To be clear about this article’s intent, it’s not to bash Microsoft, or Windows. Because to be fair, despite using Linux 95% of the time while I’m on the PC, I can find more faults with it than Windows. So, this article’s goal is to highlight some of the major pluses of Linux, and also showcase where Windows could improve in the future, should Microsoft take heed of the suggestions.
Please note that the list here is in no particular order, and because Ubuntu is currently the market-leading distribution, I used the latest release (10.04 Beta 2) for the sake of capturing most screenshots and backing up my claims. Ubuntu utilizes GNOME, but the entire list applies to KDE and likely other desktop environments as well. So without further ado, let’s dive in!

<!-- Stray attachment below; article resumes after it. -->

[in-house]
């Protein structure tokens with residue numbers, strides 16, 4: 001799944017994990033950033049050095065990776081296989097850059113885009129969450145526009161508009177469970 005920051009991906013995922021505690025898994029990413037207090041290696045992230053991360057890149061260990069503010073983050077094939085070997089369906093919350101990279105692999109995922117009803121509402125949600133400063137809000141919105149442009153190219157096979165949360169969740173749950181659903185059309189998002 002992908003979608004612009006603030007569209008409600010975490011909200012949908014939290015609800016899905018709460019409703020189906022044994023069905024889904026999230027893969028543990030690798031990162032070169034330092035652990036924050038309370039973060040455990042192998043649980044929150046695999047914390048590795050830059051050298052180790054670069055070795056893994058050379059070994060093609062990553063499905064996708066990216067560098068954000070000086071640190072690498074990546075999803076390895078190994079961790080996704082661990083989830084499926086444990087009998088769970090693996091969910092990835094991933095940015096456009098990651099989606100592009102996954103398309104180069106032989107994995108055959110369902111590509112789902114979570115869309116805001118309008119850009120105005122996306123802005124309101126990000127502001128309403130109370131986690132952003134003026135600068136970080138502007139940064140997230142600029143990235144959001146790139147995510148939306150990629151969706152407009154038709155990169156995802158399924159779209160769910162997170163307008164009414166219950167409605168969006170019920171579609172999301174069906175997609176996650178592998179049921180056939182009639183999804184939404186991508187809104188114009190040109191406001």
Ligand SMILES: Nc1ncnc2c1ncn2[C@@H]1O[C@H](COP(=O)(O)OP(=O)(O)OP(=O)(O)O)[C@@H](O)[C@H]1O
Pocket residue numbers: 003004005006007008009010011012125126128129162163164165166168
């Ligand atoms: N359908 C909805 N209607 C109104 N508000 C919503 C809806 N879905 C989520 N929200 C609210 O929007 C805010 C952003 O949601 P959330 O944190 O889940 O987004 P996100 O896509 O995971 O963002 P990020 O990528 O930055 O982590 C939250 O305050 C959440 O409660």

Long before I began to take Linux seriously, one thing that bothered me about Windows was the weak partitioner built into the OS. The biggest issue is its absolute lack of flexibility, and another is its lack of compatibility. Microsoft has done well to make sure that only a handful of file systems are supported for creation and even less for reading.
Have a Linux ext3 partition? In Windows’ partitioner, it will show up as “Unknown”. That’s not too useful, and there’s no real excuse for it given that file system ID numbers are an industry standard, so it would take nothing for Microsoft to at least recognize the partition and display it properly, rather than default everything other than what it wants to unknown.